Inhibiting the immune checkpoint protein PD-1 to combat tumors is the basis of several successful immuno-oncology drugs, including Merck’s Keytruda. But those drugs are known to raise the risk of some autoimmune diseases, such as colitis.
Startup Pandion Therapeutics is taking that risk and turning it into an opportunity—creating drugs that activate PD-1 instead of inhibiting it in the hopes of addressing several autoimmune diseases. It presented preclinical data on several of those drugs at the virtual meeting of the Federation of Clinical Immunology Societies (FOCIS).
One of the drugs, dubbed PT001, was engineered to selectively activate PD-1 in the gut. In a preclinical study, Pandion demonstrated that PT001 activated PD-1 there without blocking the normal receptor. In animal models of graft-versus-host disease, the drug prolonged survival, according to the presentation (PDF).
Pandion, a 2018 Fierce 15 selection, raised $80 million in April of this year to drive its lead candidate, PT-101 for ulcerative colitis, through clinical trials. It brought in $135 million in an initial public offering in July, outpacing its initial fundraising goal of $75 million.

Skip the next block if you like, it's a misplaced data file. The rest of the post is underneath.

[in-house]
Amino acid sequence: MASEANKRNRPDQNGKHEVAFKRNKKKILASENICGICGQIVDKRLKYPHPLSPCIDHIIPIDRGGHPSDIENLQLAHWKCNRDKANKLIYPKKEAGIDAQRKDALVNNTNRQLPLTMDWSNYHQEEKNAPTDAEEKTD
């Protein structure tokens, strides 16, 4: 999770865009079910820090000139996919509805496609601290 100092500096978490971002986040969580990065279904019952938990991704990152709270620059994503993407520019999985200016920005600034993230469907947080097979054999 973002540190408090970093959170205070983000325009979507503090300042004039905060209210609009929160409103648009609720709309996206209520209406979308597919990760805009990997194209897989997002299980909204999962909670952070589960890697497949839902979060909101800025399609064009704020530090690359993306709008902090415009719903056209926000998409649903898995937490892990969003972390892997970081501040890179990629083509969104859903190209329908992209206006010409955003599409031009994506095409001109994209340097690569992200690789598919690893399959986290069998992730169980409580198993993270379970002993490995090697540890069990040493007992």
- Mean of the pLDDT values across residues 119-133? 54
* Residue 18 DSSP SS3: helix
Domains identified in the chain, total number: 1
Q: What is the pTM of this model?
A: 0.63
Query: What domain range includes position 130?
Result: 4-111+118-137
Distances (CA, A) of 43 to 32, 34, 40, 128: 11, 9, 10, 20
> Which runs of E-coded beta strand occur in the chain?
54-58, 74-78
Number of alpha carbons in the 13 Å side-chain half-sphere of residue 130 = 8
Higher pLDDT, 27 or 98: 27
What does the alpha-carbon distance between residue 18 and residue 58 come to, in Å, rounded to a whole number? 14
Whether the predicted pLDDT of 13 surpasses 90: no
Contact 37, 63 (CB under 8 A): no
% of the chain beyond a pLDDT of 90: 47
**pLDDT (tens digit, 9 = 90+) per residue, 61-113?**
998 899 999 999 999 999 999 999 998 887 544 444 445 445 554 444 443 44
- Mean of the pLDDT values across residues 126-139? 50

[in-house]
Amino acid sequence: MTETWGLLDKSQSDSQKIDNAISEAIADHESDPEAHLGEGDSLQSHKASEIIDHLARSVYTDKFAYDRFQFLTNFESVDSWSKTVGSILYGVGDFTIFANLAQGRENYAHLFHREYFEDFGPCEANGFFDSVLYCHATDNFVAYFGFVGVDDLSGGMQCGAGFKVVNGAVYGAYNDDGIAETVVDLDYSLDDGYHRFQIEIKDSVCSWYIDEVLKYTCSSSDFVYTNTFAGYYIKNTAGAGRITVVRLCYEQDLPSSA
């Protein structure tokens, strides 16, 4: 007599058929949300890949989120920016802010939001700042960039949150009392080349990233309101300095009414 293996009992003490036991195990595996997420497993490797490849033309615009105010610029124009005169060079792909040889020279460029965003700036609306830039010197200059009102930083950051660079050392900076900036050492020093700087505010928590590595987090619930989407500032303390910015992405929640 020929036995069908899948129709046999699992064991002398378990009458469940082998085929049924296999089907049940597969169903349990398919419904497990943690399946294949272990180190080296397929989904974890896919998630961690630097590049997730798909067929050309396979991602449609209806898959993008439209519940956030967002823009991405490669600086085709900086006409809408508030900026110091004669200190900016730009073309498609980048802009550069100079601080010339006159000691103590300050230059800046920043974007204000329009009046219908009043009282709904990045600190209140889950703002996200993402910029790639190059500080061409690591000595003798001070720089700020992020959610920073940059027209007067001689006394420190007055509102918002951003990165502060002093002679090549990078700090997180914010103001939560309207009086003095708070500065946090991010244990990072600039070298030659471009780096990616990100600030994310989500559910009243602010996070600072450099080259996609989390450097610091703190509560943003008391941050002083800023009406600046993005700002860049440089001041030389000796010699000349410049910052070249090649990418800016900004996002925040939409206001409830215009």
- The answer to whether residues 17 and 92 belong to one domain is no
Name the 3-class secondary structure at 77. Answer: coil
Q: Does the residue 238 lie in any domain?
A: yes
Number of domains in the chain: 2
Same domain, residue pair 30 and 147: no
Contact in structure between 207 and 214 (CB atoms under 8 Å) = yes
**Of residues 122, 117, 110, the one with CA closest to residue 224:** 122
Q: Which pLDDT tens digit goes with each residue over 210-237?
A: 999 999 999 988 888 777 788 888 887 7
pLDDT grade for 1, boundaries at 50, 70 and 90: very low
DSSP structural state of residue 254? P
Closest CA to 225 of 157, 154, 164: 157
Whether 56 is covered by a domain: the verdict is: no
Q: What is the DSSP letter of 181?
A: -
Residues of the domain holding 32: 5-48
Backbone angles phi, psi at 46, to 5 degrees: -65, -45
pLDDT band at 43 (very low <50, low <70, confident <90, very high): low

Pandion’s specialty is “modular” drug design, an engineering process it uses to tether therapeutics to tissue-targeted molecules. PT-101 combines interleukin-2 with a protein designed to expand disease-fighting T cells without activating other immune cells that cause inflammation.
PT-001 is a PD-1 agonist tethered to a gut-targeted molecule Pandion calls MAdCAM. The company is developing the drug to treat autoimmune diseases of the gastrointestinal tract and liver.
During FOCIS, Pandion unveiled details about other preclinical programs in the works. The company created an IL-2 drug that’s tethered to a kidney-targeted molecule. It’s now investigating the approach to treat inflammatory conditions of the kidney, it said.
It also created a PD-1 activator that’s tethered to the skin. In an animal model of vitiligo, that drug reduced the skin-lightening effects of the disease without affecting normal immune cells, the company said.